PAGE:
Romeo and Juliet – Fantasy Overture
Harold in Italy – symphony in four parts with solo viola, Op.16
Maxim Rysanov (viola)
European Union Youth Orchestra
Reviewed by: Colin Anderson
Reviewed: 9 August, 2010
Venue: Royal Albert Hall, London
The European Union Youth Orchestra arrived without the indisposed Sir Colin Davis. In his stead Matthias Bamert was a steady pair of hands, and rather more in the Berlioz, but rarely has the Tchaikovsky sounded so tension-less, the young musicians going through the motions for their detached conductor. Apart from a lack of passion and drama, this great work emerged as a disconnected series of episodes, tragedy, conflict and love, however star-crossed, rarely suggested in a dull and uninvolving performance. Taras Bulba was slightly more purposeful, if all too domesticated for this particular composer, with little edge or volatility and all-too-few suggestions of a powerful story being told so that the vivid scoring sometimes seemed gratuitous. This was dispassionate Janáček, burning intensity absent, good instrumental balance though, but the music seemed so rational and ordinary – and that just isn’t Janáček. Of course, Bamert is to be congratulated for saving the day and the EUYO’s tour (Colin Davis’s part of it, which includes another classic Davis combination of composers, Sibelius, Tippett and Beethoven) and he may just have found himself conducting pieces that he wouldn’t otherwise have chosen.
Not so Berlioz, a composer Bamert seems fully attuned to. As well as being sympathetic to contemporary scores (and a composer himself), Matthias Bamert is a fine conductor of music from the Classical period as his extensive, scholarly and ongoing “Contemporaries of Mozart” series for Chandos displays, Bamert appreciative of fine lines and articulate phrasing. His refined approach to music-making paid many dividends in Berlioz’s Harold in Italy, not least clarity, subtle dynamics and, when required, a gentle glow to repay this composer’s debt to his preferred forbears without subjugating his Romantic impulses and revealing his seminally ‘extended’ use of the orchestra, sensitive to architecture, suggestiveness and detailing, and alive to Berlioz’s individuality. Bamert conjured an ideal orchestral translucence and leanness (owing more to Gluck than to Beethoven) but with exhilarating flare-ups and accelerations when required and with tempos judiciously chosen for themselves and in relationship across the whole.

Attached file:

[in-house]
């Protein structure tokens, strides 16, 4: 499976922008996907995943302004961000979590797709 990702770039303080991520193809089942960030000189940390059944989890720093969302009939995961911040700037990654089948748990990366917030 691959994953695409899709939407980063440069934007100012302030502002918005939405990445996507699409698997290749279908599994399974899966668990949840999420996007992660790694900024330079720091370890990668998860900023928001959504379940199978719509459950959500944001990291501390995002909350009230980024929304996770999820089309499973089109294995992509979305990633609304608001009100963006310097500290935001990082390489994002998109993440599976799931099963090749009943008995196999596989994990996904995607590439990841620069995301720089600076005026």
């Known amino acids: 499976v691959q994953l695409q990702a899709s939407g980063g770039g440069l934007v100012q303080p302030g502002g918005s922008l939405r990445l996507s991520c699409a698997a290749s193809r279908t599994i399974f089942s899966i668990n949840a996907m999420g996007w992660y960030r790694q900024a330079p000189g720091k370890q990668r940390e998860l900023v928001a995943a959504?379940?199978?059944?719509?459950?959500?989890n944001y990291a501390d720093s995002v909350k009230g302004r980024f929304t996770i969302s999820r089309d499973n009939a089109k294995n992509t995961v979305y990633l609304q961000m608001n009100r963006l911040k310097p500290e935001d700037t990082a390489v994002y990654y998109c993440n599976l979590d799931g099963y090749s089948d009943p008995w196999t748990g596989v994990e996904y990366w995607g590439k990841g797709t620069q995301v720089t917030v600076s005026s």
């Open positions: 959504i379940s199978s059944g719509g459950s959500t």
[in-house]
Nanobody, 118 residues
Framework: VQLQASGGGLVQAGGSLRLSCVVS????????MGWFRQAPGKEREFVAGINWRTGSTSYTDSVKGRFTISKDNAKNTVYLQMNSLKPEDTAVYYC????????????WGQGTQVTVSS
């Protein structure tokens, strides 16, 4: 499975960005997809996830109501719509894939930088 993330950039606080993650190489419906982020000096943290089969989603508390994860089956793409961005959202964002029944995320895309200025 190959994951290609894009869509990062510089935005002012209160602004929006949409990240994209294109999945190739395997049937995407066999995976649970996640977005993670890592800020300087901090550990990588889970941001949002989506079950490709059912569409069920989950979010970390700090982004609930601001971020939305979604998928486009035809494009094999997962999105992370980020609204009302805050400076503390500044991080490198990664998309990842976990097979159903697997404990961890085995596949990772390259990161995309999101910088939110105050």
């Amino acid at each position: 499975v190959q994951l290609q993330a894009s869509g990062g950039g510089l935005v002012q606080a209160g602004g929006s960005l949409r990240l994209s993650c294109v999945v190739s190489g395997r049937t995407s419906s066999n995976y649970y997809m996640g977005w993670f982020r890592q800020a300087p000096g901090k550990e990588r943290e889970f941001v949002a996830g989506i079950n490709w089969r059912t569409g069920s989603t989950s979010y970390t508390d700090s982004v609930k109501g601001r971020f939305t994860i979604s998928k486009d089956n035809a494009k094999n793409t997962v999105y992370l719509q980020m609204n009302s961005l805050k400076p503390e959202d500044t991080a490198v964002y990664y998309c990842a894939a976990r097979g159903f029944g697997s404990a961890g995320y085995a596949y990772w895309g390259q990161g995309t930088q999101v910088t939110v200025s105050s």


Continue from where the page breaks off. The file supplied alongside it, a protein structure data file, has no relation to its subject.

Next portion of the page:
Berlioz made it clear that Harold in Italy is a symphony and not a concerto (much to the chagrin of the work’s instigator, Nicolò Paganini), the solo viola (mostly silent in the finale) representing Byron’s “Childe Harold” in which the scenery around him is as important, indeed crucial to the viola’s contribution. Such teamwork as here brought this relationship to the fore, Maxim Rysanov, a wonderful violist, producing consistently warm and distinctive tones, unfailingly spot-on intonation, and a capability to project this mild instrument’s personality without forcing. Such ability to narrate (with the close-by harp offering faithful company) allied to Bamert’s pertinent insights and some committed and deft orchestral playing (agility is so important in the playing of Berlioz) made this a particularly evocative, involving and enlightening performance.